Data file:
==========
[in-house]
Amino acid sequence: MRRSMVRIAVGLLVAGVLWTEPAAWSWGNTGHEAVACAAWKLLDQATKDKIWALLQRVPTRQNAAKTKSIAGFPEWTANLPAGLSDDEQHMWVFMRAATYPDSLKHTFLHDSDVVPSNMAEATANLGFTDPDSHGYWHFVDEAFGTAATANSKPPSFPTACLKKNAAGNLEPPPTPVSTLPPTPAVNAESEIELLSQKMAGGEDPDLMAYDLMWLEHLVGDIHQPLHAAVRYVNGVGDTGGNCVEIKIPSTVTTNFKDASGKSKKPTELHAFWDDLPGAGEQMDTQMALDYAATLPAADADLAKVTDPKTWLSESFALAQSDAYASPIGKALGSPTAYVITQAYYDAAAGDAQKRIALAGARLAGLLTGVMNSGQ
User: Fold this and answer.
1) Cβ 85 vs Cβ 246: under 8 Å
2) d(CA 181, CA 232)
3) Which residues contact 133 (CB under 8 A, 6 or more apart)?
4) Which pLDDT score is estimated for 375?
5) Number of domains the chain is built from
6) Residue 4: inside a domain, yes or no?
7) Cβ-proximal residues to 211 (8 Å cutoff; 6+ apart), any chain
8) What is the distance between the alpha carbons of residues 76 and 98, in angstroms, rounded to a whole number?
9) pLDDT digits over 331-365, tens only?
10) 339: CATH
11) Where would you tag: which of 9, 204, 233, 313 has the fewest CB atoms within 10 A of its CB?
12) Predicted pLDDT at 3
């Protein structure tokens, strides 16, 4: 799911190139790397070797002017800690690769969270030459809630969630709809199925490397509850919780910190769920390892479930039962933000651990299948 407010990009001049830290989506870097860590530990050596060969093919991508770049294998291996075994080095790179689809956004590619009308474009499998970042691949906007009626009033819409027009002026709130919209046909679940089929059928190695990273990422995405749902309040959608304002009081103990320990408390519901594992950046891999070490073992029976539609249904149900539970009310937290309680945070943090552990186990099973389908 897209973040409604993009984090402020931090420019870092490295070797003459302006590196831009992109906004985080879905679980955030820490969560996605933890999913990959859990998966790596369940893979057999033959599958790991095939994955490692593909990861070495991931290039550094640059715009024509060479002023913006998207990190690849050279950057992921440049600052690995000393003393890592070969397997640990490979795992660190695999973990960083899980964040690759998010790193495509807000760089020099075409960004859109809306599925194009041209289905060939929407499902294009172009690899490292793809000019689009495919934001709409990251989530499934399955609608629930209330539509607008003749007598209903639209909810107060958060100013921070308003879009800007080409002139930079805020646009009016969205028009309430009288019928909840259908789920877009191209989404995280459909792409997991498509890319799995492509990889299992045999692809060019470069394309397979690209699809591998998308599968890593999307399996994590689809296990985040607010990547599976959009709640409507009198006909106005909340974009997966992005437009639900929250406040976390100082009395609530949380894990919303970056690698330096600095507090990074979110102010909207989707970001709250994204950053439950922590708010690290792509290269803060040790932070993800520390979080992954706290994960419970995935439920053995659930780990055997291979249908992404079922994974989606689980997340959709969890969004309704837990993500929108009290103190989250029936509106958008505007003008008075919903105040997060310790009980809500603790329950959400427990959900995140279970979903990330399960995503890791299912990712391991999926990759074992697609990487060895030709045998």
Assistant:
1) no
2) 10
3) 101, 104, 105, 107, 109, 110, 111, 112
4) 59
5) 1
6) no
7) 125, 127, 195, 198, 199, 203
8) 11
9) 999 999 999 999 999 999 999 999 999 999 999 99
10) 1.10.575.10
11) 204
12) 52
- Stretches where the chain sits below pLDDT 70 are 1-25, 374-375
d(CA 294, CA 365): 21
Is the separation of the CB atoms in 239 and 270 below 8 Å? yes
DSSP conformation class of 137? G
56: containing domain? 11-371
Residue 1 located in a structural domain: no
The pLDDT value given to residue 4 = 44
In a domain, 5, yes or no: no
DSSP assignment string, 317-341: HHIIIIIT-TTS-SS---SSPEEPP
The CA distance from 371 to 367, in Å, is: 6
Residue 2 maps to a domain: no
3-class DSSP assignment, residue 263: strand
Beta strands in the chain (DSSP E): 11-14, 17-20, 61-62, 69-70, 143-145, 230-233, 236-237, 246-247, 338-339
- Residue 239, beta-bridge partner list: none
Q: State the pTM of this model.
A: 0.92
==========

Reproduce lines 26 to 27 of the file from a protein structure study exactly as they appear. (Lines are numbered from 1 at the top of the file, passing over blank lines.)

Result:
9) 999 999 999 999 999 999 999 999 999 999 999 99
10) 1.10.575.10